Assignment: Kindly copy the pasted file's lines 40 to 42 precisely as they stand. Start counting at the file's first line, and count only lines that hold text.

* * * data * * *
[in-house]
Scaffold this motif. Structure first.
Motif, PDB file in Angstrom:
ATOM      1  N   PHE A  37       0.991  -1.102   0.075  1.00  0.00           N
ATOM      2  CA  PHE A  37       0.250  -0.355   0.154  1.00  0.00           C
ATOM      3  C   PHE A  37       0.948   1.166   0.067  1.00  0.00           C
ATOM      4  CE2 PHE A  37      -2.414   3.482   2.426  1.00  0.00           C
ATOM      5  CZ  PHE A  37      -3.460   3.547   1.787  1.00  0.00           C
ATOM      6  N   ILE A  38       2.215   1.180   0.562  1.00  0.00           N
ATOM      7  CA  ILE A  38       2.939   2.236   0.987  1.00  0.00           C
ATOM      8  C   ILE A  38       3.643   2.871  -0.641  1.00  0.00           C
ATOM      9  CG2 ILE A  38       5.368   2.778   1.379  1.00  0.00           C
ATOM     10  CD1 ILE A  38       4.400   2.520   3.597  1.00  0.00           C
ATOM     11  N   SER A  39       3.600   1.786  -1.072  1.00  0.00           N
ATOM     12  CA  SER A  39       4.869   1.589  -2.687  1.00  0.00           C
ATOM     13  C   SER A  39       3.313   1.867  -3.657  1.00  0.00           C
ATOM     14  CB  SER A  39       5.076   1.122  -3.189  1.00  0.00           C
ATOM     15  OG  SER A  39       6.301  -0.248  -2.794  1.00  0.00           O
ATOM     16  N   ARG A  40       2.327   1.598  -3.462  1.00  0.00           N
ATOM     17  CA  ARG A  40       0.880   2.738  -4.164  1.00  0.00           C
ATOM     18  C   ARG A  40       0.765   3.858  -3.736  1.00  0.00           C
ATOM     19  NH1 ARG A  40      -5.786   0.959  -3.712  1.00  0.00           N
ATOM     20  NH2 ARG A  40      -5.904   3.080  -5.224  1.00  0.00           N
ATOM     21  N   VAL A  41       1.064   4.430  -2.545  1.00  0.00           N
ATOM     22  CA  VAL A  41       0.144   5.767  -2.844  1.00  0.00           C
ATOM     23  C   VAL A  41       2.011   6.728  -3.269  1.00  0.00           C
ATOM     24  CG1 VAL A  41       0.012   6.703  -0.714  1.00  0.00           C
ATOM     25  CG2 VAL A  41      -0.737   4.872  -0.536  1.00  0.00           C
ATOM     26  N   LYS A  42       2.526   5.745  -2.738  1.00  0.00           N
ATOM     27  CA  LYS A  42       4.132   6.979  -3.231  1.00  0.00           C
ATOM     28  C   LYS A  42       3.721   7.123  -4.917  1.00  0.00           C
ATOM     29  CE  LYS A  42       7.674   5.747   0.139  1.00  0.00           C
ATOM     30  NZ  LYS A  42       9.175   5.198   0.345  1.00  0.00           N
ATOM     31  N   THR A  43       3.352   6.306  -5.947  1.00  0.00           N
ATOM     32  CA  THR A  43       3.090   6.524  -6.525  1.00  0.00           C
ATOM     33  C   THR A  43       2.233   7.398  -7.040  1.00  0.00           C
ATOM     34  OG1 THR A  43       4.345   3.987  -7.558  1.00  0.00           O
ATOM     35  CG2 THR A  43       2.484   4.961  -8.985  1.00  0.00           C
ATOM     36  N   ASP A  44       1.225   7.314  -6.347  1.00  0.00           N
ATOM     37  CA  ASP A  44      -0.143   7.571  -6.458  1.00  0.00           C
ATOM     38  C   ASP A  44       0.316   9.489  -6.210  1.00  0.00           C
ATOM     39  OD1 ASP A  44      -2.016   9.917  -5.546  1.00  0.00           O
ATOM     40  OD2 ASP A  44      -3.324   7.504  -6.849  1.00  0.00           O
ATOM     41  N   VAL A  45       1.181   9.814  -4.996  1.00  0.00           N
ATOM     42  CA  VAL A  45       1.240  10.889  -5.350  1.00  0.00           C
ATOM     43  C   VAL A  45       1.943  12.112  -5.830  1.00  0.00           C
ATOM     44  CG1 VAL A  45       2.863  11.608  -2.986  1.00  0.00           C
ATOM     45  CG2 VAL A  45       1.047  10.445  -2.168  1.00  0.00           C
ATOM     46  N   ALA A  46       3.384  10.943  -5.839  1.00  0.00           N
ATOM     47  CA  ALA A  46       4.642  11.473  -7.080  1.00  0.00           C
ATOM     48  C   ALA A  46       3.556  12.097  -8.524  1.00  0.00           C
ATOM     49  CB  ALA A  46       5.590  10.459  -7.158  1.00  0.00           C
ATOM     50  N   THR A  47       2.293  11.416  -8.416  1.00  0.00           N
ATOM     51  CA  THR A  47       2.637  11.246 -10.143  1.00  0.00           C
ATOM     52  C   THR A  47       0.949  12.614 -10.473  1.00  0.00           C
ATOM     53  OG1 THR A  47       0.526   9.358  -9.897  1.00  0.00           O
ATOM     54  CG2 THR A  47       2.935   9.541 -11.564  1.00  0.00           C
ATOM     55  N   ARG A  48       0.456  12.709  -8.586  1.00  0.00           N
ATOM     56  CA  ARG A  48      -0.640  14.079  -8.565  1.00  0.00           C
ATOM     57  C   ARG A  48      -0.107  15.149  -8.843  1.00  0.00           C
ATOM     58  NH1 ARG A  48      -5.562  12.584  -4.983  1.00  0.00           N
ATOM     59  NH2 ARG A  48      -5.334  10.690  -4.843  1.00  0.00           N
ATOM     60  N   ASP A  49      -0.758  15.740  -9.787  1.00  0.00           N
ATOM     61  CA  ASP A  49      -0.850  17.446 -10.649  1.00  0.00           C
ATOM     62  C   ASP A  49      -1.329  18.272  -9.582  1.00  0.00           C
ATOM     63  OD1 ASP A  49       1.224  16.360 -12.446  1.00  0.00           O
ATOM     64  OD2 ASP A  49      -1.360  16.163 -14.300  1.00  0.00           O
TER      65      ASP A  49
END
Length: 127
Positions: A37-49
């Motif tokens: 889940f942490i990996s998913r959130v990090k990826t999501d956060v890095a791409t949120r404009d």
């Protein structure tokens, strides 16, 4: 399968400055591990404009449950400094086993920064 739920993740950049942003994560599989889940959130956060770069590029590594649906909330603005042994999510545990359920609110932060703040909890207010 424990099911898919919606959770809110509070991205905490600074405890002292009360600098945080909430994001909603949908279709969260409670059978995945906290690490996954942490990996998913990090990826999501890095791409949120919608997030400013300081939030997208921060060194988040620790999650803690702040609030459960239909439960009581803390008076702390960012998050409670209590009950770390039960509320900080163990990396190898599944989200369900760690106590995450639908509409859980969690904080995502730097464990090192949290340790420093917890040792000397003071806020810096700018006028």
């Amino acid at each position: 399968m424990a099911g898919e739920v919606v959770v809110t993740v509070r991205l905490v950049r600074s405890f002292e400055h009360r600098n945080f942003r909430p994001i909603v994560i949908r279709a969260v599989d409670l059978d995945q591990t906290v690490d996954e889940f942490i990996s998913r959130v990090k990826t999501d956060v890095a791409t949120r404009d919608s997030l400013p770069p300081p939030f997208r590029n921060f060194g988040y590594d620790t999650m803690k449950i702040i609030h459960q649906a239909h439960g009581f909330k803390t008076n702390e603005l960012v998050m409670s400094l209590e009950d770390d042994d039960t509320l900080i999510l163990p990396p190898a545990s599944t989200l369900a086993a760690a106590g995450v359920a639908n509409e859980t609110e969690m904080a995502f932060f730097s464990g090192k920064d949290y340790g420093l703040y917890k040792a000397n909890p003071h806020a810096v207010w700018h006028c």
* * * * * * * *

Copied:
ATOM     37  CA  ASP A  44      -0.143   7.571  -6.458  1.00  0.00           C
ATOM     38  C   ASP A  44       0.316   9.489  -6.210  1.00  0.00           C
ATOM     39  OD1 ASP A  44      -2.016   9.917  -5.546  1.00  0.00           O